Carnot IFPEN Ressources EnergétiquesHydrogen

Growing support from the public authorities:

  • on 1 June 2018, the French government launched a Hydrogen Plan aimed at supporting its deployment within the context of the energy transition

    • promotes the use of green hydrogen (= low-carbon H2) for:

      • electricity production,

      • industry,

      • transport,

      • heat,

    • objective = 10% of hydrogen production from renewable sources by 2023.

The hydrogen value chain is made up of several segments:

  • production,

  • storage/conversion,

  • usages.

Hydrogen usages

Several hydrogen production processes exist:

  • natural gas reforming is the most widely employed hydrogen production process (95% of total production),

  • gasification,

  • the electrolysis of water, which accounts for 1% of hydrogen production. Its production costs depend on the price of electricity as well as the performance and duration of use of electrolyzers.

But a number of challenges still need to be overcome:

  • reforming and gasification techniques are economically profitable, but they do not meet the objectives of the energy transition since they emit CO2. They can potentially become carbon-neutral if they are combined with CO2 capture and storage technologies,

  • the electrolysis of water is interesting in terms of CO2 footprint if it uses low-carbon electricity, but its production cost remains prohibitive: the process is reserved for specific uses requiring high degrees of purity (electronics, for example).

While hydrogen also exists in the natural state, profitable production techniques still need to be developed before deployment can be envisaged.

Hydrogen is of interest due to the diversity of usages associated with it:

  • numerous uses already exist for:

    • refining of oil products, fuels and biofuels (44%, mainly for the desulfurization of fuels),

    • the production of ammonia (38%, mainly for fertilizers),

    • other chemicals (methanol, amines, etc. : 8%),

    • miscellaneous (space, food industry, glass industry, etc. : 10%),

  • and multiple uses to come to accompany the energy transition:

    • electricity production: hydrogen can contribute to grid balancing,
      Power-to-Gas consists in producing hydrogen via the electrolysis of water using surplus electricity production, primarily wind and photovoltaic. The hydrogen produced can be stored and subsequently converted back into electricity to balance the grid. The hydrogen can also be converted into methane via a methanation process: the SNG (Synthetic Natural Gas) thus obtained can be stored or used directly as natural gas. Hydrogen is more generally considered as a means of storing energy (an alternative or as a complement to electric batteries and PSPP), particularly on an inter-seasonal basis, when it is stored on a large scale in salt caverns (Power-to-Power). It is then converted in a fuel cell (FC) to produce electricity as required,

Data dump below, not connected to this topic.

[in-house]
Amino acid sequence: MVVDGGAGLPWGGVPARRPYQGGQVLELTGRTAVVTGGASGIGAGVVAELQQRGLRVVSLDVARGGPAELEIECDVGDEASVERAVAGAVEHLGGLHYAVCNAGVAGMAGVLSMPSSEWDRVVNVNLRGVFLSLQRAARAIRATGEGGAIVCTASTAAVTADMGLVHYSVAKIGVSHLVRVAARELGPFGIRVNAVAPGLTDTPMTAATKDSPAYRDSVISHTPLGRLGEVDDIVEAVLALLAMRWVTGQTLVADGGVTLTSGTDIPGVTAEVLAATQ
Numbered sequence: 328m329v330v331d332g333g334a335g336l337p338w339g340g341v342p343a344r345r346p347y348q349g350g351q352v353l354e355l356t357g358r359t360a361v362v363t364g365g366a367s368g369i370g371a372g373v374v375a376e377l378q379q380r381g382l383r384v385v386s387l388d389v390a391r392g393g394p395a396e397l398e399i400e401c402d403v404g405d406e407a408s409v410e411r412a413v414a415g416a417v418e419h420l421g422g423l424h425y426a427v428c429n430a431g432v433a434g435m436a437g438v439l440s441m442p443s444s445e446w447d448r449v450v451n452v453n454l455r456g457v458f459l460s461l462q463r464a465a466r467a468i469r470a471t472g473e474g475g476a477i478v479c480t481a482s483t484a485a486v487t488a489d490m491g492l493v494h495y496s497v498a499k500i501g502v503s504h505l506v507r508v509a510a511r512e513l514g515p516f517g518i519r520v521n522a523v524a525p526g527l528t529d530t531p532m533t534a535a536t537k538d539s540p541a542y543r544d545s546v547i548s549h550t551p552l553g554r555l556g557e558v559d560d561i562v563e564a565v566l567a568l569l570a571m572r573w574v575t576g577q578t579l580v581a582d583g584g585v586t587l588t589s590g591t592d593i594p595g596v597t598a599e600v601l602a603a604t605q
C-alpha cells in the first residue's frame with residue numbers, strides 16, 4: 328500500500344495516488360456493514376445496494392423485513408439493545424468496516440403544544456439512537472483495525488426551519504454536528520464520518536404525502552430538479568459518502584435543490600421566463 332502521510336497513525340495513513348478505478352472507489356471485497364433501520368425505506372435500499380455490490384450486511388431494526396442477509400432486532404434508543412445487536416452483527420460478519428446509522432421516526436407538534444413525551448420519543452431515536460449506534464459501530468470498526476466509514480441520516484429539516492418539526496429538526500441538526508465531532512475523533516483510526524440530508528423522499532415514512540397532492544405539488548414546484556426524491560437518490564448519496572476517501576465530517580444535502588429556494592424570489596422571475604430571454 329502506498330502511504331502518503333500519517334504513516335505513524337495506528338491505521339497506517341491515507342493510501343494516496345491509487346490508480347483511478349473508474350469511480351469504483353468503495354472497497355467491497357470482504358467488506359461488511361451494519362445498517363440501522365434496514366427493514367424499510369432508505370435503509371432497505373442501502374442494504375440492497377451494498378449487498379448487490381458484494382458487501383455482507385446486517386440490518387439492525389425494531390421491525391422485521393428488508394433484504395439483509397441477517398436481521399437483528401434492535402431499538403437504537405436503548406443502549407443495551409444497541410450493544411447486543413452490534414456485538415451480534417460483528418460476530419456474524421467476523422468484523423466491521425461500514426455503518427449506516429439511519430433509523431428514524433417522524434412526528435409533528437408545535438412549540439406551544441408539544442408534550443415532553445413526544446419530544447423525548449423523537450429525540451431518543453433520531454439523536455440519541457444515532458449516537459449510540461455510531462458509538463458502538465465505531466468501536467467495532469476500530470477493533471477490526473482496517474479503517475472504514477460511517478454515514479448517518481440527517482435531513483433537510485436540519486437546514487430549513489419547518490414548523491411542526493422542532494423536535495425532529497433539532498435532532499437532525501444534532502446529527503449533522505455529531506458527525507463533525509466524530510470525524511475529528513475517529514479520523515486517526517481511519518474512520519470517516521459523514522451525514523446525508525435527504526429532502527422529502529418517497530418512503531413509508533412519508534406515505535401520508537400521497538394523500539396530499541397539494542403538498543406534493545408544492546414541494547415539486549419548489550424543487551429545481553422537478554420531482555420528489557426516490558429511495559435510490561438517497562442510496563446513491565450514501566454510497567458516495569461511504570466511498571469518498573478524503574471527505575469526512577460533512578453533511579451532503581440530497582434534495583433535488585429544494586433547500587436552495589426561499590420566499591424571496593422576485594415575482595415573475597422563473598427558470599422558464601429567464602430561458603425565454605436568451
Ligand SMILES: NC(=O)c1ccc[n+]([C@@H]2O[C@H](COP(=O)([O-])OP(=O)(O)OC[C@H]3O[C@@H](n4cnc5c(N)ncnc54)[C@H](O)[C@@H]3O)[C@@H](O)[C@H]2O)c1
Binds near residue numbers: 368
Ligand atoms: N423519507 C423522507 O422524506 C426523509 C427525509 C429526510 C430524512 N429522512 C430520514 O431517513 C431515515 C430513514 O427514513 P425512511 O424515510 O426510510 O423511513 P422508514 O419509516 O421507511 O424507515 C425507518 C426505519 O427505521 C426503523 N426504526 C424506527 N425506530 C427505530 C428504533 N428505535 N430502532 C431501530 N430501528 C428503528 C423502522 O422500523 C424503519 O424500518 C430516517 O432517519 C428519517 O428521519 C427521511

• the decarbonization of industry: hydrogen can be injected into the gas network, mixed with methane: a concentration of between 5 and 25% can be envisaged,
  • the decarbonization of transport:

    • green hydrogen combined with a fuel cell can power an electric vehicle: the hydrogen tank considerably increases vehicle range (500 to 700 km) and improves filling time (< 5 min),

    • hydrogen as a back-up in an IC engine can improve a natural gas or dual fuel gasoline/natural gas combustion system (IFPEN CIGAL concept), 

    • hydrogen associated with CO2 captured in a biomass conversion process for example, can be converted into synthetic liquid fuel (e-fuel).

Challenges relating to the roll-out of green hydrogen:

  • access to reasonably priced electricity,

  • cost reductions and improvement in the efficiency of systems throughout the chain: electrolyzers, fuel cells (FC), storage, etc.,

  • regulatory considerations (safety, standards): hydrogen installations are governed by French and European regulations relating to its production, storage and use in terms of the environment and the transport of hazardous materials,

  • incentive and stable energy policies (price of CO2 or restrictive regulations governing fossil energies),

  • public support (hydrogen plan).

Given the evolution of the energy mix and the necessary decarbonization of the transport sector to achieve CO2 emission reduction objectives, hydrogen may find a business model as an electricity storage intermediate or a fuel for an electric vehicle fleet fitted with fuel cells.

On a global level, IRENA, in its 2018 report entitled Global Energy Transformation: A Roadmap to 2050 envisages that hydrogen may account for 8% of the transport sector’s energy consumption by 2050.


Developing economically sustainable technologies to integrate hydrogen into the energy mix.

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Jean-Christophe Viguié

  • Introduction of green hydrogen in refineries

Florence Delprat-Jannaud

  • Natural hydrogen, hydrogen storage

Stéphane Henriot

  • Hydrogen in the transport sector – fuel cell

Bertrand Gatellier

  • Hydrogen in the transport sector – combustion engine